Tuesday, September 15, 2009

At the Star Gazer

Star Gazer 35, 2009

"I had to photograph old things because I knew they wouldn't be there long."

Art Sinsabaugh

One of the compelling capabilities of photography is its ability to portray texture. This is a good fit for those of us who like to explore old places because old places usually have a jump on new places when it comes to texture. Old places are tired. They’re worn. They’ve seen a lot of use. They’re full of texture.

Earlier this year I was up in Harrisonburg, Virginia, on a research assignment. I had a morning free, so I grabbed the camera and headed out early in search of something interesting to photograph. (You can see what I found here.)

Those of us who search for old places to photograph know they’re not found along interstate highways. You have to get back on the old two-lane roads and back streets. You have to figure out where the parts of town are that have been bypassed by progress, where structures are empty and decaying, where streets have weeds growing in them. You look for the places of such little commercial value that no one has cared to knock them down yet. Railroads were once the connective tissue between towns and defined their commercial terrain, so you know to follow rail lines because they’ll almost always lead you to forgotten places.

I didn’t have to drive far on the old state road north out of Harrrisonburg before I found an old tourist court motel. It didn’t have individual cabins. But each guest room in its one remaining wing had its own garage or carport.

Sometimes old places are creepy just because they’re old. Floorboards and stair treads have a way of giving out. Ceilings fall. But this old place was creepy because it showed so many signs of the desperate lives of some of its more recent squatter residents. The floors were littered with whiskey bottles, beer cans, old clothing, animal droppings and drug paraphernalia. I didn’t expect to run into anyone. The rooms offered little privacy or protection from the elements. The windows and doors were all gone. There were huge holes in the roof. But given the drug paraphernalia, I was a little more wary than usual. (I made a lot of noise before I entered any enclosed space.)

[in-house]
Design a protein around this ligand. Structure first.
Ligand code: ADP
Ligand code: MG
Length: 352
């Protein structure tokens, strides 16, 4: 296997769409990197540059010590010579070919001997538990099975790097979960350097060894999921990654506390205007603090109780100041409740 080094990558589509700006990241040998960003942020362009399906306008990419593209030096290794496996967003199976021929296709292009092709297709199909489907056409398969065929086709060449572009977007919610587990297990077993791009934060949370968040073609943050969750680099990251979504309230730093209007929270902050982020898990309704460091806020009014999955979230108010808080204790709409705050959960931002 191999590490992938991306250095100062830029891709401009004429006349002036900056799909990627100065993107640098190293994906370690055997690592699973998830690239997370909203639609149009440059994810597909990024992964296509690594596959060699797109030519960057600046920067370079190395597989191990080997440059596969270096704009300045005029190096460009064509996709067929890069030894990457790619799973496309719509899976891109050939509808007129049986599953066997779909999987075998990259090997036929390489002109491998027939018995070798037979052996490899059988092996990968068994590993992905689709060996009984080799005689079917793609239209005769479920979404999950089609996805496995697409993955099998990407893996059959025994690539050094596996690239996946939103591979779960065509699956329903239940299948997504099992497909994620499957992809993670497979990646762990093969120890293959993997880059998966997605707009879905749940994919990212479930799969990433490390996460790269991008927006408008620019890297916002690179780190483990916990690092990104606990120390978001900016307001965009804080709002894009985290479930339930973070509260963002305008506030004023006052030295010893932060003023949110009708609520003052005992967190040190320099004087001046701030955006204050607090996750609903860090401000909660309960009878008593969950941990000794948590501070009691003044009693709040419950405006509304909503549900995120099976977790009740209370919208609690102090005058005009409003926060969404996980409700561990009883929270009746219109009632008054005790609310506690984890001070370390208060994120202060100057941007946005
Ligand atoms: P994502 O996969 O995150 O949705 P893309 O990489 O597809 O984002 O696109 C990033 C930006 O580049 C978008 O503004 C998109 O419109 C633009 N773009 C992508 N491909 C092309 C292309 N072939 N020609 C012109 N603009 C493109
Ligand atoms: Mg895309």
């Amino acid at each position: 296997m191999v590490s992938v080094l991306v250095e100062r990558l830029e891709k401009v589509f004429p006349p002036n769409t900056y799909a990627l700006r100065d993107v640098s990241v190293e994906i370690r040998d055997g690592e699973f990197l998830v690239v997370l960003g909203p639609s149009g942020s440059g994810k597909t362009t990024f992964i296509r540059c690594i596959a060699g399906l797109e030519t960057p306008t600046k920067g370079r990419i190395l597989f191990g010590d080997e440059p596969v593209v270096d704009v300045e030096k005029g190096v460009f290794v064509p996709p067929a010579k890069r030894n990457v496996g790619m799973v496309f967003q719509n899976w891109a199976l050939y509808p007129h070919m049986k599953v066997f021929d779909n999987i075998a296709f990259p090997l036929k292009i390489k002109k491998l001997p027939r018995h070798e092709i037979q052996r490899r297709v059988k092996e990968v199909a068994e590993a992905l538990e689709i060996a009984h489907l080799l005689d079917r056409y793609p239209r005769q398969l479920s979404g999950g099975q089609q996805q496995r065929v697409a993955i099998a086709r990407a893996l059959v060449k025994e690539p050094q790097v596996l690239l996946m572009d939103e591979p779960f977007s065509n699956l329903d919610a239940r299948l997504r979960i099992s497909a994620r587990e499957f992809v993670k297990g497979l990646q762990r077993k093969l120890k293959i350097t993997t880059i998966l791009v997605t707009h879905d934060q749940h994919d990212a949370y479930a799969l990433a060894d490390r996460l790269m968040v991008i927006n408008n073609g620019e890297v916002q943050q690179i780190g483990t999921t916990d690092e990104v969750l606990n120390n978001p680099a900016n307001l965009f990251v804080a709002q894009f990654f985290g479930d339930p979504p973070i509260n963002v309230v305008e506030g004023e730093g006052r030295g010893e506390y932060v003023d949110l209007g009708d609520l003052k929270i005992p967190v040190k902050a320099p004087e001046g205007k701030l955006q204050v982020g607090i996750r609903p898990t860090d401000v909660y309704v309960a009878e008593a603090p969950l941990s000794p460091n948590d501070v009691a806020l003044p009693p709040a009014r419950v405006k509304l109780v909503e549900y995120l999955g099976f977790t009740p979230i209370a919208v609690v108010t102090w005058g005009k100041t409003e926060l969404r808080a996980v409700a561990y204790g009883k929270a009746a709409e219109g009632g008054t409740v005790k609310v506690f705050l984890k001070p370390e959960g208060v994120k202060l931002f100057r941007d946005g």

Every room was a texture lover’s dream. Paint was peeling. Wood timbers were sagging. Hunks of insulation, bottles, shingles, syringes, spoons and all manner of other debris covered the floors of what had once been a respectable business.

When I got home I sent a few shots of this place to my friend, architect and photographer Dave Chance, who wrote back immediately to say that he’d also photographed this place several years ago while visiting some relatives in that part of the state. When Dave was there, though, the place hadn’t deteriorated quite as much and still had a proud sign out on the highway that announced it as The Star Gazer.

I don’t think it would take much more than a stiff wind or heavy snow to finish off this place. But as I thought back to its location on the side of a hill overlooking the upper Shenandoah Valley, I imagined tired 1950s travelers, perhaps salesmen like my father, who after a long day on the road could think of nothing finer than to pull a chair from their room out onto the driveway, share a bottle and look up at the night sky.

1 comment:

  1. I know where that place is. You painted a rich picture of its history here. This photo says it all.